20th August 2011 - Match Reports.
Barnards Green 3rd
XI vs Canon Frome
Calm heads were needed at Newland, but none were available as the Green sank against a considerably improved and much younger Canon Frome side. After a horrible collapse and half a recovery, they fielded poorly, missed several chances to turn the game, and lost by 5 wickets with 20 overs to spare.
Memories of recent batting crumbles were still fresh when the game began, and pre-match clubhouse opinion was divided. Both optimists and pessimists claimed that this week the Green would prove their real batting qualities. Skipper Dick Brown was fit to return after Achilles trouble, but top batsmen Greaves and Thompson were absent, and late call-offs had further unbalanced the squad. To nobody's surprise Brown lost another toss and had to bat on a damp bouncy track. It became clear that the opposition were young and fit, with a decent opening attack, and not at all the same side beaten two months earlier.
Baddeley arrived later than normal – there was some obscure talk of transport and clothing – but he and Chris Hill might as well have opened. Chris Horne boldly stepped up as number 1, and gloved a nasty lifter in Morgan's first over. Jon Lewis also scored a swift 0 at number 3, being good enough to nick Baldwin's seamer. So Baddeley's trousers, worn the wrong way round, made an early appearance. He and Hill made a reasonable fist of the next half hour, but after three useful offside fours Hill received a horrid shooter and would certainly have been LBW if the ball had not continued at low altitude to the stumps. Soon Baddeley found an isolated fielder with a rare leg clip; Alamutu could make no impression and was bowled swishing; Ratcliffe showed some adhesion but was given LBW to Rogers' first ball; Wheeler's sweet pull was sweetly caught at square leg; Cullity looked the part until toppling forward and being unnecessarily stumped; Price took what he thought was a fair risk and, flashing away from his body, found Elkington alert at slip.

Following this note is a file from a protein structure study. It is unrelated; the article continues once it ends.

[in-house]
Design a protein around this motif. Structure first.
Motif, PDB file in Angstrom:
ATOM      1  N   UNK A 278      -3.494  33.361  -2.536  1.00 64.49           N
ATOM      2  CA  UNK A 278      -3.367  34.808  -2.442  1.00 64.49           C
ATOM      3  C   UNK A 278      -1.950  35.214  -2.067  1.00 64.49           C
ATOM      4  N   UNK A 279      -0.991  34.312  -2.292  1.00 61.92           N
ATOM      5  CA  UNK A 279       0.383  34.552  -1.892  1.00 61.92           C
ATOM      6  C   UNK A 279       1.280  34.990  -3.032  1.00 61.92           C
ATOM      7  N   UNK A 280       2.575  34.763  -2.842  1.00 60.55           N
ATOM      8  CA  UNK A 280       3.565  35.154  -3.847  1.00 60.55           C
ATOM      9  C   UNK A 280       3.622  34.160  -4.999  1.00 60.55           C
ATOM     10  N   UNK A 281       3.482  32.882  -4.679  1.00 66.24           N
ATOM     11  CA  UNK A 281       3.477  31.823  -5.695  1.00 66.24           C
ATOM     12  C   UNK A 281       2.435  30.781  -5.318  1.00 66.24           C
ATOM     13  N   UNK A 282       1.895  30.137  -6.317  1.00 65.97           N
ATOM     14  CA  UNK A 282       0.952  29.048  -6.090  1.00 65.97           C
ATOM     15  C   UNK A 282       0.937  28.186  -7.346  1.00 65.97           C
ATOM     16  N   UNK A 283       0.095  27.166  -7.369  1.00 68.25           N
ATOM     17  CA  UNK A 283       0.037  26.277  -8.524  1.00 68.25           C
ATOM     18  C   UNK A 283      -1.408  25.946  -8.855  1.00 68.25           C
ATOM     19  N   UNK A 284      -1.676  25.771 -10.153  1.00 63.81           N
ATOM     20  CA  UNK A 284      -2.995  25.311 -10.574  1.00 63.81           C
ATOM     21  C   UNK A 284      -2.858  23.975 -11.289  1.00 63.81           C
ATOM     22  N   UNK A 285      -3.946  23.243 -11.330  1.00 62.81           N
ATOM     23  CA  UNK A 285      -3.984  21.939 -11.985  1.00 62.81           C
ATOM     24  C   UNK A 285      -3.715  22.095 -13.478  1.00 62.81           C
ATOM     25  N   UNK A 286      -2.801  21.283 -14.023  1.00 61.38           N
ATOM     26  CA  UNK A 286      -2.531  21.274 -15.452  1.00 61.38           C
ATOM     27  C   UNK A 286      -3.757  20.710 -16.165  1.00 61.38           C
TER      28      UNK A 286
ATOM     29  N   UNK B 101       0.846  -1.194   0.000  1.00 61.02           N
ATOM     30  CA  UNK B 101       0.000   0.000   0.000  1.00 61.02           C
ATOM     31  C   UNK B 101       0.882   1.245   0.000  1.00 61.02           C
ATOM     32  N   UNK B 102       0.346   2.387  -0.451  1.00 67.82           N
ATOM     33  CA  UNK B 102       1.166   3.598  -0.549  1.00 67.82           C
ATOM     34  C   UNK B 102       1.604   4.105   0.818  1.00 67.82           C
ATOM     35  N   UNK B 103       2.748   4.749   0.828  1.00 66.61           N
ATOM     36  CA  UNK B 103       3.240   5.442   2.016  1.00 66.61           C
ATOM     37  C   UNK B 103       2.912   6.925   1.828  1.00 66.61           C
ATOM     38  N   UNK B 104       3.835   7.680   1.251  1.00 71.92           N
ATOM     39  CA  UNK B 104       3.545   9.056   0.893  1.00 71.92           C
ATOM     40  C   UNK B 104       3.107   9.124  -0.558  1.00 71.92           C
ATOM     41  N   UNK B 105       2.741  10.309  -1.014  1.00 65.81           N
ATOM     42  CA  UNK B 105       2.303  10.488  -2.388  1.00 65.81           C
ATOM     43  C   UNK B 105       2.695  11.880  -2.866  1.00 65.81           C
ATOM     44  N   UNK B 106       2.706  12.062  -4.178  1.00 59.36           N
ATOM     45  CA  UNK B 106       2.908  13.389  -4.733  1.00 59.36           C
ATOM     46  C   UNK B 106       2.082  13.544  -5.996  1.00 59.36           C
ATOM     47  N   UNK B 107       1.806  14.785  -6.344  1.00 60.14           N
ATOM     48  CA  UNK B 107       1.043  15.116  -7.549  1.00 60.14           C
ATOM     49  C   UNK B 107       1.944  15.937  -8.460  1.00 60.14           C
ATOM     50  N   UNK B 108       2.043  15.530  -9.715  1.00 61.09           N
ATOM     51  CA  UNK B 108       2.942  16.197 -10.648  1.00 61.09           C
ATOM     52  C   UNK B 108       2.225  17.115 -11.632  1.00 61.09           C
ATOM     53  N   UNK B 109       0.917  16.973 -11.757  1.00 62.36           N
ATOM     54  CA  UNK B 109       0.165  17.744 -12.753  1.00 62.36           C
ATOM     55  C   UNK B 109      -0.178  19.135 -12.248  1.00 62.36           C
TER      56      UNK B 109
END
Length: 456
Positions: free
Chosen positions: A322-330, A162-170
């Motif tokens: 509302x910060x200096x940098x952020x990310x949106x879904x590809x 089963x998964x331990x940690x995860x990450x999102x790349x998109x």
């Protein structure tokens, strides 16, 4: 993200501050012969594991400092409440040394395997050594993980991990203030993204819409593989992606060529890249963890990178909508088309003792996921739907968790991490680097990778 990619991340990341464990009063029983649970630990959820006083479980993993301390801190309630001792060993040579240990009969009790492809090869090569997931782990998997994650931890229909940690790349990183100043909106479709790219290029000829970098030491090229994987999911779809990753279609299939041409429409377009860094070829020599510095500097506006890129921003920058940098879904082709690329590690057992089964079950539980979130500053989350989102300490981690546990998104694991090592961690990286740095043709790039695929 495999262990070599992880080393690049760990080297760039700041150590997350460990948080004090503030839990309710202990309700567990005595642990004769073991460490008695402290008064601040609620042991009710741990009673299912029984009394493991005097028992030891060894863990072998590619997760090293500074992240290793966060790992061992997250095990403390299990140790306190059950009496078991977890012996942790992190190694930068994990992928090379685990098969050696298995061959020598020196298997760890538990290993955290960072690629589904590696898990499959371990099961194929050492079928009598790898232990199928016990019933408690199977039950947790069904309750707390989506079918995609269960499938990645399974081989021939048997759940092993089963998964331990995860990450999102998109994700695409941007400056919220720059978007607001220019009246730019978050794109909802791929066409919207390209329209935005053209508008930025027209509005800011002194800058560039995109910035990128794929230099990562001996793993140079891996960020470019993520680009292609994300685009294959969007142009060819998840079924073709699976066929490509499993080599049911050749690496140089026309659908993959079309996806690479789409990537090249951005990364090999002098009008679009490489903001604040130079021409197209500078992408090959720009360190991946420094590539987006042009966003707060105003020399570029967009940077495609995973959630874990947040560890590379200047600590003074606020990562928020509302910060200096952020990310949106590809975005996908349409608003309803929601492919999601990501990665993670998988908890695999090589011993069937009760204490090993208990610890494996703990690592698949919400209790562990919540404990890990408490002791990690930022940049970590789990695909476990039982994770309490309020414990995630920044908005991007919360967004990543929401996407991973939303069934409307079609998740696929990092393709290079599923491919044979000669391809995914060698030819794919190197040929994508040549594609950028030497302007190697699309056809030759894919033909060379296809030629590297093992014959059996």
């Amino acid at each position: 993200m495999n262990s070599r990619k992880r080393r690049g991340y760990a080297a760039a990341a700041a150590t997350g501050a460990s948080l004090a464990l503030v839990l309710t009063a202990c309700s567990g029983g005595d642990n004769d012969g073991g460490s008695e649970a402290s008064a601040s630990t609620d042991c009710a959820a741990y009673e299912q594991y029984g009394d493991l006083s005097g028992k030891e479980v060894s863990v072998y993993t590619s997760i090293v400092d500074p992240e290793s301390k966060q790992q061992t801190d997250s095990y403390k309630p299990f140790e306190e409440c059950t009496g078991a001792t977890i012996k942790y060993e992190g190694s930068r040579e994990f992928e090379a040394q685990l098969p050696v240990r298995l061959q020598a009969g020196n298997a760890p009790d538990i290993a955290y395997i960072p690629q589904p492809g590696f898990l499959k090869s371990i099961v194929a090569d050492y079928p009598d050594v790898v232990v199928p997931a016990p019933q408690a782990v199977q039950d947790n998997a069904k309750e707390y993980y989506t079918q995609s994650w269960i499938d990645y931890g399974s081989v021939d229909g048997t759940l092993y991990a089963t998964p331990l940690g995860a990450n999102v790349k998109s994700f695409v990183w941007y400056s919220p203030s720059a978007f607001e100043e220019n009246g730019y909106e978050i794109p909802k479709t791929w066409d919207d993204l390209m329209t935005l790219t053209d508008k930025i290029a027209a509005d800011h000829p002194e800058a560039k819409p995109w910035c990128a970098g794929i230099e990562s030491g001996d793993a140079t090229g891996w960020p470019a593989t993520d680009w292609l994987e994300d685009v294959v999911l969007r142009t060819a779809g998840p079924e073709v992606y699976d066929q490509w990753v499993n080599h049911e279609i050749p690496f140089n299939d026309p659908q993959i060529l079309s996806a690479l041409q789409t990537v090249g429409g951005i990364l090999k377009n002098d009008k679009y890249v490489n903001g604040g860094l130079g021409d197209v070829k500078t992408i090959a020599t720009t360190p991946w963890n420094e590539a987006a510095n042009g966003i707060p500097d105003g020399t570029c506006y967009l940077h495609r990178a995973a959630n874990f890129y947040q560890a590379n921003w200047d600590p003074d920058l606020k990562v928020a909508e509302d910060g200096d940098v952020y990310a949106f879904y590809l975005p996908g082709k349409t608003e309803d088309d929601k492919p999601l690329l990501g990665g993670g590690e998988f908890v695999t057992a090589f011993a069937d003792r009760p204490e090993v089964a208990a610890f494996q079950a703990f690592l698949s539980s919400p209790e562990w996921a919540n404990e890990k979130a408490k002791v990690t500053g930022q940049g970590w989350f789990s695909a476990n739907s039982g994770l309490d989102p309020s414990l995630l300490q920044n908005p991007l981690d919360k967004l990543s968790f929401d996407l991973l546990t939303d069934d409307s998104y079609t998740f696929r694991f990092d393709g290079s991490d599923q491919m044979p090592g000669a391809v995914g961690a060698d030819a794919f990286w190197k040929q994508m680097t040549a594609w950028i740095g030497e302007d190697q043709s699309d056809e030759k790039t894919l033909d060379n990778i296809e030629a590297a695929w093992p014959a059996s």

After this disaster (98-9) there was an entertaining last-wicket partnership of 55. Brown played his full range of shots, viz. prods and swipes, while Churchill played only prods – until he suddenly uppercut Morgan over slips for four to great applause. Brown was yorked for an impressive 66, and at tea there were again two views. Here at last was redemption – the captain returned – moral fibre restored – even a chance of intelligent play and victory. Or perhaps the pitch was now dry and placid, the Green were old and immobile, and 152 was at least fifty short. Battle resumed.
Hill, using the new ball well, soon had James caught by the temporarily awake Alamutu; but Backhouse was dropped, and Fortnam survived a confident appeal for Wheeler's neat catch. Cullity was struggling with a twisted ankle, and could not keep a strict length, so Backhouse repeatedly punished him with boundaries. Then Cullity (through youth and League rules) and Hill (through age and strained muscles) finished their spells, and as so often Brown looked round for inspiration.
Clive Churchill at once persuaded Backhouse to drive again, and fatally, to Cullity at cover. Dave Price's opening long hop was low and straight, and had Fortnam LBW, so the Green were back in the game. Now for a few overs Canon Frome seemed to be hurrying towards a win or a loss without caring which: there were shots aplenty, further missed catches and run-out opportunities, and two wickets. Evans yorked himself swinging at Price, and Hope was very well caught by Ratcliffe running back at long-on.
Common sense dawned at last on Elkington and Baldwin: they had copious overs in hand, they could wait for the many poor balls, and the batting conditions were constantly improving. The Green, tired and now ragged against an aggressive left/right partnership, began to squabble about field placings. Hill reappeared at the death and suffered one more dropped catch before Lewis's part-time spin was bludgeoned for the winning runs. Canon Frome played in excellent spirit and fully deserved the win.
The Green's season has been see-saw, with
abysmal luck in the toss. The points from three fine July wins keep them
safe – just – from relegation.